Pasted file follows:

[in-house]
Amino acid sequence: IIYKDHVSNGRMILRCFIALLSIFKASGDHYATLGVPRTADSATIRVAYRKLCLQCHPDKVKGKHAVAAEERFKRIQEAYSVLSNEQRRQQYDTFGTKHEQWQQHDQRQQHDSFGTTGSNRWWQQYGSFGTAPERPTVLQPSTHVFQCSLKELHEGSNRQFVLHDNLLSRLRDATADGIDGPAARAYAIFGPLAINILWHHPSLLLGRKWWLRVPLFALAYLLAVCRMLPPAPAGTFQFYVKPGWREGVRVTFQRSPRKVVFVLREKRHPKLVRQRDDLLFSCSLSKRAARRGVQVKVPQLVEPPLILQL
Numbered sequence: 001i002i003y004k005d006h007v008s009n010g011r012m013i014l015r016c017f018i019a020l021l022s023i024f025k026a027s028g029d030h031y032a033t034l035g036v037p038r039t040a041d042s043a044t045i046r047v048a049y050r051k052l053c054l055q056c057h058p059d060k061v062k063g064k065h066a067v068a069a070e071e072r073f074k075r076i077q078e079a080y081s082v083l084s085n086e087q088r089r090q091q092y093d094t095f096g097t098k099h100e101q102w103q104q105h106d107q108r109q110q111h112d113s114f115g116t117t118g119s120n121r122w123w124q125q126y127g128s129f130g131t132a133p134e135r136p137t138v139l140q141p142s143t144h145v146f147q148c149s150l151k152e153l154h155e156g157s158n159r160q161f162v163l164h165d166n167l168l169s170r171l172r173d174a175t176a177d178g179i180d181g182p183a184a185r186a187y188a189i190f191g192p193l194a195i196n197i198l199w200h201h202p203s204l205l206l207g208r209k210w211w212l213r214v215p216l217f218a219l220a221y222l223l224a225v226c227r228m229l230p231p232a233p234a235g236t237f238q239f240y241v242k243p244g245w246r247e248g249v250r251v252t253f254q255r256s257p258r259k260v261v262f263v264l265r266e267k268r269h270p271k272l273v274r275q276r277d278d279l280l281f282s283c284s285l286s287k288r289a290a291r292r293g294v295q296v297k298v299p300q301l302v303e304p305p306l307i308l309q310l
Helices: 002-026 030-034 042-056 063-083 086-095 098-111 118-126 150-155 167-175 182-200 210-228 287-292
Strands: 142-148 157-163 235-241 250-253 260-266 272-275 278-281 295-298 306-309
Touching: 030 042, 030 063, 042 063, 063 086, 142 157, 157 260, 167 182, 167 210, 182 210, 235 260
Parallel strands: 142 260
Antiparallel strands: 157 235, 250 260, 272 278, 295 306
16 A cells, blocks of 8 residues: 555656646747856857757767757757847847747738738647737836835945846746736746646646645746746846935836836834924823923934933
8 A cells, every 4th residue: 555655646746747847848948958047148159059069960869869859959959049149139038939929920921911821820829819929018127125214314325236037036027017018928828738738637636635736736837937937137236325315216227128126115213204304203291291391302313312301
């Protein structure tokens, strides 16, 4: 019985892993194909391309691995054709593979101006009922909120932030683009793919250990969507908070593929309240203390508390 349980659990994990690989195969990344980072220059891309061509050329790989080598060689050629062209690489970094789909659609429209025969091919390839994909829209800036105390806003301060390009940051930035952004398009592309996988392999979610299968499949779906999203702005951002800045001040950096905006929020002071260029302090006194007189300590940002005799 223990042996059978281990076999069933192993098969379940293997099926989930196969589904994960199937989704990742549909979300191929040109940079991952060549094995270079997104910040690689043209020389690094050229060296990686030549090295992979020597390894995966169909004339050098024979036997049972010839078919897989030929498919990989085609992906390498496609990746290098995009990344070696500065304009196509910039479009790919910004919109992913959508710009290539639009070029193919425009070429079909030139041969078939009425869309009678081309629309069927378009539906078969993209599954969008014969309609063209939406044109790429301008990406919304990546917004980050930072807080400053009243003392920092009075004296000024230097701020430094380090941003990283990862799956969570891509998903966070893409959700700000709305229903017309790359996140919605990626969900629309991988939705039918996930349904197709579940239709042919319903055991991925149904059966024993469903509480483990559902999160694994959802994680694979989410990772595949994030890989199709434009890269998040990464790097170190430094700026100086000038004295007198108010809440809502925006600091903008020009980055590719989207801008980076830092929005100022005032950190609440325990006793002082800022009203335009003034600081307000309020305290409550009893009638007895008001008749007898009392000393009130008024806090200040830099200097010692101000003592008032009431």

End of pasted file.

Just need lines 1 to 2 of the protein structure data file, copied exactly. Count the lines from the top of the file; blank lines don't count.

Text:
[in-house]
Amino acid sequence: IIYKDHVSNGRMILRCFIALLSIFKASGDHYATLGVPRTADSATIRVAYRKLCLQCHPDKVKGKHAVAAEERFKRIQEAYSVLSNEQRRQQYDTFGTKHEQWQQHDQRQQHDSFGTTGSNRWWQQYGSFGTAPERPTVLQPSTHVFQCSLKELHEGSNRQFVLHDNLLSRLRDATADGIDGPAARAYAIFGPLAINILWHHPSLLLGRKWWLRVPLFALAYLLAVCRMLPPAPAGTFQFYVKPGWREGVRVTFQRSPRKVVFVLREKRHPKLVRQRDDLLFSCSLSKRAARRGVQVKVPQLVEPPLILQL